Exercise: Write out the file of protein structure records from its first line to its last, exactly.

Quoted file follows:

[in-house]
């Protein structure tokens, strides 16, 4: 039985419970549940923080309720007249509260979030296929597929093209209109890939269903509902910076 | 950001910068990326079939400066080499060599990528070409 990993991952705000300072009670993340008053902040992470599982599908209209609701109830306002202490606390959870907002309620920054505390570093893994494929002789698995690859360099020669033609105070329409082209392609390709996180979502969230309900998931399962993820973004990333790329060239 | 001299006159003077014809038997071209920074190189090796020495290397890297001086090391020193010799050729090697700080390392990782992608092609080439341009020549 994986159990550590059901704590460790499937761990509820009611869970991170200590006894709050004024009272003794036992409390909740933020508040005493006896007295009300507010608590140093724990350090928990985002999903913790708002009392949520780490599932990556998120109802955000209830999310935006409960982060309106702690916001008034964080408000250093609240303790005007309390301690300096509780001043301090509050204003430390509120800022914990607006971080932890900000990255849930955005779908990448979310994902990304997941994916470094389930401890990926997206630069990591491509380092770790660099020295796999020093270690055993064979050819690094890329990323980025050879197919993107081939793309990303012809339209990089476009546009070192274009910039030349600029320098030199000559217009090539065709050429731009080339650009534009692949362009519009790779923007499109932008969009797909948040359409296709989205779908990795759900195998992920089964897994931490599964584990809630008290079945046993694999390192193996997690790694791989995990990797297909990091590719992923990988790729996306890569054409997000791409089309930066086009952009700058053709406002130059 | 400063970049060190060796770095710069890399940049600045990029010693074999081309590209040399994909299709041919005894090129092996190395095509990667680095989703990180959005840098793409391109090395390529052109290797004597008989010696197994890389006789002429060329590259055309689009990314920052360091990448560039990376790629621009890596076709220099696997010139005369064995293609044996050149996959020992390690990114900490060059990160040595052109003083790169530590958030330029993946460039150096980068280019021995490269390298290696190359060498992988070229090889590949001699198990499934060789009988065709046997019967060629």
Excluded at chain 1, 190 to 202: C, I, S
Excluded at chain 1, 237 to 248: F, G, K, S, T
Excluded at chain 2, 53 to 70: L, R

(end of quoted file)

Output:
[in-house]
């Protein structure tokens, strides 16, 4: 039985419970549940923080309720007249509260979030296929597929093209209109890939269903509902910076 | 950001910068990326079939400066080499060599990528070409 990993991952705000300072009670993340008053902040992470599982599908209209609701109830306002202490606390959870907002309620920054505390570093893994494929002789698995690859360099020669033609105070329409082209392609390709996180979502969230309900998931399962993820973004990333790329060239 | 001299006159003077014809038997071209920074190189090796020495290397890297001086090391020193010799050729090697700080390392990782992608092609080439341009020549 994986159990550590059901704590460790499937761990509820009611869970991170200590006894709050004024009272003794036992409390909740933020508040005493006896007295009300507010608590140093724990350090928990985002999903913790708002009392949520780490599932990556998120109802955000209830999310935006409960982060309106702690916001008034964080408000250093609240303790005007309390301690300096509780001043301090509050204003430390509120800022914990607006971080932890900000990255849930955005779908990448979310994902990304997941994916470094389930401890990926997206630069990591491509380092770790660099020295796999020093270690055993064979050819690094890329990323980025050879197919993107081939793309990303012809339209990089476009546009070192274009910039030349600029320098030199000559217009090539065709050429731009080339650009534009692949362009519009790779923007499109932008969009797909948040359409296709989205779908990795759900195998992920089964897994931490599964584990809630008290079945046993694999390192193996997690790694791989995990990797297909990091590719992923990988790729996306890569054409997000791409089309930066086009952009700058053709406002130059 | 400063970049060190060796770095710069890399940049600045990029010693074999081309590209040399994909299709041919005894090129092996190395095509990667680095989703990180959005840098793409391109090395390529052109290797004597008989010696197994890389006789002429060329590259055309689009990314920052360091990448560039990376790629621009890596076709220099696997010139005369064995293609044996050149996959020992390690990114900490060059990160040595052109003083790169530590958030330029993946460039150096980068280019021995490269390298290696190359060498992988070229090889590949001699198990499934060789009988065709046997019967060629």
Excluded at chain 1, 190 to 202: C, I, S
Excluded at chain 1, 237 to 248: F, G, K, S, T
Excluded at chain 2, 53 to 70: L, R